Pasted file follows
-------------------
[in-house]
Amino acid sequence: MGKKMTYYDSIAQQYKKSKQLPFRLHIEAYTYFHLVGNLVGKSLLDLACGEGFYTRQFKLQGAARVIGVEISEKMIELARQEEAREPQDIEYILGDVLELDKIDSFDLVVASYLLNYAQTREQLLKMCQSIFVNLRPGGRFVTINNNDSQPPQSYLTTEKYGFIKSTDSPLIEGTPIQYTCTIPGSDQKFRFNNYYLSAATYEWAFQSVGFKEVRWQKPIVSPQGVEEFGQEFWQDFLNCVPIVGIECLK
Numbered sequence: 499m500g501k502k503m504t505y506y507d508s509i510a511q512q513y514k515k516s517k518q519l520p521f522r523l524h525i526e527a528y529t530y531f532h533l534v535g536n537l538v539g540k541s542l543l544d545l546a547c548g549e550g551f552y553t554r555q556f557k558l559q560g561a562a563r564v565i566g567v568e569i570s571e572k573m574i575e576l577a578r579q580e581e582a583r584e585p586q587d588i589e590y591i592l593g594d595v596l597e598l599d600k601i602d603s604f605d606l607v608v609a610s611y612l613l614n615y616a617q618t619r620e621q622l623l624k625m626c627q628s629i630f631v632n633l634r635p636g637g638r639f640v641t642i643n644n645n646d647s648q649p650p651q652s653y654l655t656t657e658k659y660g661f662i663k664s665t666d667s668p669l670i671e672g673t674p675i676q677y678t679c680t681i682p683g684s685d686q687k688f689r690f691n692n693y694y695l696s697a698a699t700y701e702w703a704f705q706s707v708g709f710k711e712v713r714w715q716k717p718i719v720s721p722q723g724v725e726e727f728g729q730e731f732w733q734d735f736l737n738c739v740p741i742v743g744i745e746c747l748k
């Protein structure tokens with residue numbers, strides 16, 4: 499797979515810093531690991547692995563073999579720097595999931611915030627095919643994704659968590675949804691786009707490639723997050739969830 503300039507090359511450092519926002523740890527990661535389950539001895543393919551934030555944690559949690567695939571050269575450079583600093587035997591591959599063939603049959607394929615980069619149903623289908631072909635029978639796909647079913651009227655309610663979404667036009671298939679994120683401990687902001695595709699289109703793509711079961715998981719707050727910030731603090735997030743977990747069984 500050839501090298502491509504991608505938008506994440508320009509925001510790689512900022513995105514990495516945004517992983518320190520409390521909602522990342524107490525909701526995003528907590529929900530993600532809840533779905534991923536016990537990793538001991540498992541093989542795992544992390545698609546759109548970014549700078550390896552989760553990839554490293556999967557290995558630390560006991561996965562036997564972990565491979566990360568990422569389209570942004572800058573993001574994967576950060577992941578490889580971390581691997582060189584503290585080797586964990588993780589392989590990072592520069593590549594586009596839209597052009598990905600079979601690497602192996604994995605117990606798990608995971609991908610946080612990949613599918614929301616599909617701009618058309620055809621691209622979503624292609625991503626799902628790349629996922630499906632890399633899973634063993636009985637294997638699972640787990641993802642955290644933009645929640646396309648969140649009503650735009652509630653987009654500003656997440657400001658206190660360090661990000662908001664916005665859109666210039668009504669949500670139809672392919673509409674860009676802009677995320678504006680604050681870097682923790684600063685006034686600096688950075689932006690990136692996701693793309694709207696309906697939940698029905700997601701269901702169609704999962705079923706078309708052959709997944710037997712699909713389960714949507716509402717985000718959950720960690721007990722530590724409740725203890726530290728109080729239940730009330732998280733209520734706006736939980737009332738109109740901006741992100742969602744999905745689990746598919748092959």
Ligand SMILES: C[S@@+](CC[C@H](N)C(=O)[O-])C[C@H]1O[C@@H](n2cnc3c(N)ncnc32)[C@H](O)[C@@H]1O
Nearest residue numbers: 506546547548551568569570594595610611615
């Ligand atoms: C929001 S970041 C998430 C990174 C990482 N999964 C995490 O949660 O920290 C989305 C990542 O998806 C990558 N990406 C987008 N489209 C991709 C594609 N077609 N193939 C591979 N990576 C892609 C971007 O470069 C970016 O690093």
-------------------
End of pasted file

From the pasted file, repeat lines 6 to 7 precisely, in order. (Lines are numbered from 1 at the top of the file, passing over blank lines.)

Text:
Nearest residue numbers: 506546547548551568569570594595610611615
């Ligand atoms: C929001 S970041 C998430 C990174 C990482 N999964 C995490 O949660 O920290 C989305 C990542 O998806 C990558 N990406 C987008 N489209 C991709 C594609 N077609 N193939 C591979 N990576 C892609 C971007 O470069 C970016 O690093």